We awoke early after our second night at Brown County State Park's Horseman's camp partly so we could pack up and get out without being seen, but also so we could make it to Nashville for lunch with Jenny's stepfather John. The morning was largely uneventful, we stopped off at a gas station on the way to Nashville to refill our water bottles, picked up a few provisions at a local IGA grocery store and headed on to Nashville.
Nashville, IN is a small town built at the foot of some rather large hills. Our plan was to meet John somewhere, unload the equipment from our bikes into John's car for safekeeping then lock up the bikes and have lunch. Our arrival into Nashville was a little unnerving, it was Saturday so the whole town was out and we rode through the main market area where it seemed as though everyone was watching us ride by. Apparently two cyclists loaded with 90lbs of gear isn't a common sight in this small town.
The first time someone was bold enough to ask us how we "go" was in Homer, IL. We were camping in Sharon's back yard, and it was Crystal, her neighbor, who had asked. The reply was, "Well, if it's alright with you guys, we're used to digging our own holes. We thought we'd just go back here up against the corn." Sharon & Crystal's properties bordered a large corn field. They were just curious, and it was a natural curiosity, and I think ultimately, they wanted to make sure we had a "going" situation we were comfortable with.
For the most part we maintain our water supply by filling up from tap water available at gas stations, grocery stores and, if need be, asking home owners, but when the availability of tap water becomes more sparse we have a two stage water filtration system that can be used to filter water from creeks, rivers or ponds.
The first stage in our filtration system is the LifeStraw Family 1.0 water filter. This filter boasts a 0.02 micron filter allowing it to filter out over 99% of bacteria, protozoa and viruses. The manufacturer claims this filter will last for 18,000 liters of water giving it a very low costs per liter and, particularly for just the two of us, a long lifespan.
My primary computing device is an old MicroCenter WinBook TW800 tablet. Paired with the tablet we have a four port USB hub, a wireless keyboard and mouse paired with the same Logitech unifying receiver and two USB flash drives one of which has Ubuntu installed which is my primary operating system.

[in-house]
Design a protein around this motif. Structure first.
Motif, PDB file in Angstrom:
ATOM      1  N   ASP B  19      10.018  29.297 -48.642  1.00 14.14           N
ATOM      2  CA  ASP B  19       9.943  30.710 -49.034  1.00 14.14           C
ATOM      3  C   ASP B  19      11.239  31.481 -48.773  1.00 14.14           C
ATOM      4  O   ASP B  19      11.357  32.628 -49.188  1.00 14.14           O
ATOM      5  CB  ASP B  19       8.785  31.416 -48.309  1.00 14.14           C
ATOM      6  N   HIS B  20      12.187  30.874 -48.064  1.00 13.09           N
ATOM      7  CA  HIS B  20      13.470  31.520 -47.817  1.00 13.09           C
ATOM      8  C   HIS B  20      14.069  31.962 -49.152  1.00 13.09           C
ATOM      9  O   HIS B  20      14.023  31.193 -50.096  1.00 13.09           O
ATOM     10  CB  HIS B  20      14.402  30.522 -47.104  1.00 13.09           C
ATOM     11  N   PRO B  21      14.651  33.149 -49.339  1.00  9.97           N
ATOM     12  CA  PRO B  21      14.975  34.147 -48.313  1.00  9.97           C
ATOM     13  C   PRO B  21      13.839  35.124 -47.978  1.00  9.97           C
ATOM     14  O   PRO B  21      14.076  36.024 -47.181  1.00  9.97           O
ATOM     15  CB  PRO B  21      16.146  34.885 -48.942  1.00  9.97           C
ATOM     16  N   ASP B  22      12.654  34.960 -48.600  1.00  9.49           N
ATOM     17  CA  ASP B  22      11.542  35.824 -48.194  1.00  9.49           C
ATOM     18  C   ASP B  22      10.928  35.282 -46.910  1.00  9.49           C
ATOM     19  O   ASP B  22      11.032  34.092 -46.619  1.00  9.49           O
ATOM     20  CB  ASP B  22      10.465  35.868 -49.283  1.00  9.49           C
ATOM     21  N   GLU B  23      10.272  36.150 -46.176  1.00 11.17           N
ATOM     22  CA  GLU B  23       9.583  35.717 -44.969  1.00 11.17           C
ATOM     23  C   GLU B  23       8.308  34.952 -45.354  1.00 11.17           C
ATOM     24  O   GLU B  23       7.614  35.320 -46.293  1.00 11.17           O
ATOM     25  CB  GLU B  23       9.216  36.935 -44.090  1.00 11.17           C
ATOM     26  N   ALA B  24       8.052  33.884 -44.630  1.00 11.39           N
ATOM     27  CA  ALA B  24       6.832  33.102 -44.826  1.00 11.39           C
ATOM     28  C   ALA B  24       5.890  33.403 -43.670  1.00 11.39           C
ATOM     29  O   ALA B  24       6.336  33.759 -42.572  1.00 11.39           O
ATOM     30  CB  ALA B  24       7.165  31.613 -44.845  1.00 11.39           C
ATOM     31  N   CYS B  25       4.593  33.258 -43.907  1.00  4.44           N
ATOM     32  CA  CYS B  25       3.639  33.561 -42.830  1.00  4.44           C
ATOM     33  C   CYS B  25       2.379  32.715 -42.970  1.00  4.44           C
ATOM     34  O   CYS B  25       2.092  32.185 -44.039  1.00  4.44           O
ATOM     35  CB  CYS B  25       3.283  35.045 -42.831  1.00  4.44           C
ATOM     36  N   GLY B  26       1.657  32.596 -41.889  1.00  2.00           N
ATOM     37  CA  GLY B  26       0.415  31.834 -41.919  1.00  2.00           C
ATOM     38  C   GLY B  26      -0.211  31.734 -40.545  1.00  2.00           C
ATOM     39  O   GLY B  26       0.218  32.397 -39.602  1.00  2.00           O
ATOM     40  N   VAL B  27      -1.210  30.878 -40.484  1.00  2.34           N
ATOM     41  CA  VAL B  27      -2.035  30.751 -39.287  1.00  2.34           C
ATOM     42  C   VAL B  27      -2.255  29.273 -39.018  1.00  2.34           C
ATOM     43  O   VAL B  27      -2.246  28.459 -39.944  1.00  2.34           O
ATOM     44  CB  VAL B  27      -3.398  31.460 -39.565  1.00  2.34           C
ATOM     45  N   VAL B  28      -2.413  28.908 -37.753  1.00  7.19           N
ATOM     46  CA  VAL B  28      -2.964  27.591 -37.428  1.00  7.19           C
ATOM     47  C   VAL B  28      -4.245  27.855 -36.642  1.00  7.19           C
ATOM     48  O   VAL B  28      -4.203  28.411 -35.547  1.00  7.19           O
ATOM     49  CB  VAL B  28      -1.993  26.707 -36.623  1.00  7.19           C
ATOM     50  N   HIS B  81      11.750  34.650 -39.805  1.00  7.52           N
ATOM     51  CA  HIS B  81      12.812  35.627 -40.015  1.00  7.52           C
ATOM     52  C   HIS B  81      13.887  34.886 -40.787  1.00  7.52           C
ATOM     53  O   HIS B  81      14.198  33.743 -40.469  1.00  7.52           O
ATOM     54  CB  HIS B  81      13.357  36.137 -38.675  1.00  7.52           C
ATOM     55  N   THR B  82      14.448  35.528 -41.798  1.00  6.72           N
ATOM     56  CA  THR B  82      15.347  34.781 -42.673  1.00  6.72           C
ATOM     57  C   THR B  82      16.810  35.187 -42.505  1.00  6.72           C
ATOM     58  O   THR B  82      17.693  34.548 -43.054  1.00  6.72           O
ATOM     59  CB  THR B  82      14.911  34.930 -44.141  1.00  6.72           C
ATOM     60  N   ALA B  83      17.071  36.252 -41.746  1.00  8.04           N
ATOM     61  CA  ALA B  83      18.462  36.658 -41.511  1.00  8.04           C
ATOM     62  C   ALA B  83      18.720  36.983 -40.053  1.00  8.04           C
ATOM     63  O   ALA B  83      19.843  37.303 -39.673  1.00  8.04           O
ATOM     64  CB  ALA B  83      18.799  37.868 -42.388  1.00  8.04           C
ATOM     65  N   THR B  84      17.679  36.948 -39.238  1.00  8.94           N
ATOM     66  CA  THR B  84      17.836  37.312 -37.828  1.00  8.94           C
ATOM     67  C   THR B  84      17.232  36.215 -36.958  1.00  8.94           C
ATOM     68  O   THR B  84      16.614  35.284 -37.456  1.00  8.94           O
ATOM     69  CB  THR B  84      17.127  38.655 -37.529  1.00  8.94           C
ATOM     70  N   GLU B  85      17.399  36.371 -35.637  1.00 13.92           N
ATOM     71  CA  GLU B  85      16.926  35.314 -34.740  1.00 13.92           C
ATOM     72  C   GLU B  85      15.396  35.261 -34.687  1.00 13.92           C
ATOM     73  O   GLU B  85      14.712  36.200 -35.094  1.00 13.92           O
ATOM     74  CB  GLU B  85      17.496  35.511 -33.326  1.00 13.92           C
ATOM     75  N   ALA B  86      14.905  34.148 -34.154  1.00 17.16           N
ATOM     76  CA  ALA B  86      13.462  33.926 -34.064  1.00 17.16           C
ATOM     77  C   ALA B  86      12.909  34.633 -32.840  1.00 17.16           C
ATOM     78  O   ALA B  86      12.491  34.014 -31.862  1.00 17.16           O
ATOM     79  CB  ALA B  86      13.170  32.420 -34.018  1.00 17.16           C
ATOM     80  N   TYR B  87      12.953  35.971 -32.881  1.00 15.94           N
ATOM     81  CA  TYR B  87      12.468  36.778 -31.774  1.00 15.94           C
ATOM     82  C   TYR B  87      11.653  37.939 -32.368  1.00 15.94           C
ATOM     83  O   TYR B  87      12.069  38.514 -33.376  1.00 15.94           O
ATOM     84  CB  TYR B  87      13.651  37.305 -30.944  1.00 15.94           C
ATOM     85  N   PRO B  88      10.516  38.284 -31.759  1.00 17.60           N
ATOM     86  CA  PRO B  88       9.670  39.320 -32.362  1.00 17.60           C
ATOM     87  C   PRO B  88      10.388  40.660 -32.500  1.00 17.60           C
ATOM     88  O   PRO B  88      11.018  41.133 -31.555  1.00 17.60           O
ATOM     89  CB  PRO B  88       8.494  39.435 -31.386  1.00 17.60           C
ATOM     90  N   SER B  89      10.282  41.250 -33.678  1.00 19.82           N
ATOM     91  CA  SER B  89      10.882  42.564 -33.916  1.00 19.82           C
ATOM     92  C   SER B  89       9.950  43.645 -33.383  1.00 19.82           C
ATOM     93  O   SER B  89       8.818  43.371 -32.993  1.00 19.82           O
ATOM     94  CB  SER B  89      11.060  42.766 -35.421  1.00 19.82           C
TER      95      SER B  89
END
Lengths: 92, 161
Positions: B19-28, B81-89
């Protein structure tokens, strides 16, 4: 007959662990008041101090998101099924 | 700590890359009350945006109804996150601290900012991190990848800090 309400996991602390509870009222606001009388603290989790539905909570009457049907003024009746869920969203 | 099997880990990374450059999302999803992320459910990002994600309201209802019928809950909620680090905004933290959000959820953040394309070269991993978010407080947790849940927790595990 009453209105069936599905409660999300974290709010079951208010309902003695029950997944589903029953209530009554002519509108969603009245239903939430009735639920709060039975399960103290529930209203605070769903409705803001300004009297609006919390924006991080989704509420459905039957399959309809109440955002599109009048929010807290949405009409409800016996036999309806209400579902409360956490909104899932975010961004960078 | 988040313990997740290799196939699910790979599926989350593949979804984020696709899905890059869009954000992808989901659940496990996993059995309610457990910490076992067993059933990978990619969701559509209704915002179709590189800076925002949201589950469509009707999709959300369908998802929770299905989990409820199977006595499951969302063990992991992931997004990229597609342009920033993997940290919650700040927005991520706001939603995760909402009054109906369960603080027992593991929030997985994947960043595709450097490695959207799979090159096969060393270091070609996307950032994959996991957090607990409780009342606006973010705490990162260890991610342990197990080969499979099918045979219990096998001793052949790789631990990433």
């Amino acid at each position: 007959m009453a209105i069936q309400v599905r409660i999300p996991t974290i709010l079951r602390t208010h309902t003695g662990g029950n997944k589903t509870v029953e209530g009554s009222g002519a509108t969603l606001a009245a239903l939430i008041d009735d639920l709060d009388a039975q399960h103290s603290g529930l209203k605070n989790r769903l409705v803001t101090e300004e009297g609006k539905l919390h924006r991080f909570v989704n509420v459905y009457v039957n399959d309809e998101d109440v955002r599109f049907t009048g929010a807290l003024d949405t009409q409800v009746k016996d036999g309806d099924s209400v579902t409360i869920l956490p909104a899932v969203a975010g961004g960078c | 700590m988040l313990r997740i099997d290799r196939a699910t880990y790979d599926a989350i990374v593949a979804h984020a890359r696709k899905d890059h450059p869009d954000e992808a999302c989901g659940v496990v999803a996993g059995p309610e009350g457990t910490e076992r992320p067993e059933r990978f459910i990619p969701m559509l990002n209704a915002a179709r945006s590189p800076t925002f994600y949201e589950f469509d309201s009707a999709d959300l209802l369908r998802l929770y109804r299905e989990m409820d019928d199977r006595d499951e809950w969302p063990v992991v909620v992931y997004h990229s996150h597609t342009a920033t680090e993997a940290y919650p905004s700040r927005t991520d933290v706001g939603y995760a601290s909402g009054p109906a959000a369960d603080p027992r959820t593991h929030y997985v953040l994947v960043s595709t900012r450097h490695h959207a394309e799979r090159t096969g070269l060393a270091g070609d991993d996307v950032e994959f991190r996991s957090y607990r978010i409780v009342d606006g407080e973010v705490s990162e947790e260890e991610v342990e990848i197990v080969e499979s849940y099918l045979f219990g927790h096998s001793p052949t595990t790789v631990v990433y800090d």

This tablet doesn't require a whole lot of juice when compared to a laptop and it's charged through USB which makes it a good fit with our portable solar chargers and battery packs. Usually I'll power the tablet with a 20,000mAh power bank then charge the power bank from one of our solar chargers as needed and available. If conditions provide I'll charge the tablet from the power bank and the power bank from the solar charger while using the tablet. In good sunlight the solar charger should provide more power to the power bank than the power bank is providing to the tablet.
We acquired two 20 watt portable solar panels, both being the Anker PowerPort Solar. We use these in conjunction with two 20,000mAh power banks, each being the EasyAcc Monster 20000. The EasyAcc battery packs have dual ten watt USB inputs allowing them to charge at up to 20 watts which means in full sun light the solar units will charge each battery pack at wall outlet speeds. When in good sun light and the opportunity arises I whip out one or both solar chargers and store some rays in the battery packs or, sometimes, charge a phone or two directly.
The solar units are small, light weight yet sturdy. The only issue I've encountered is overheating charging devices. The solar chargers have a small pocket for storing devices while being charged, but in the sun this pocket heats up real quick. I recommend propping up the solar panels and placing charging devices in the shadow of the panels. I have a folding laptop desk that I often use as a stand for the solar unit which allows me to better angle the panels to get the best out of the panels.
Our first few days out were quite a ride and presented a number of challenges that certainly tested our patience at times, but ultimately we learned quite a bit and, while I believe there's still quite a bit left to learn, we've really gotten the hang of life on the outside.
We left Indianapolis somewhere around 2am and traveled roughly seventy miles before making camp at about 9pm. That evening, we encountered our first large hill which, after having been on the bikes for a good sixty miles, we decided to ascend on foot. Upon reaching the top we found a short path leading to a small clearing and a picnic table within a forested area. This was, of course, a sight for sore eyes as they say so we decided to pitch our tent and get started on some dinner. The elation was, however, short lived.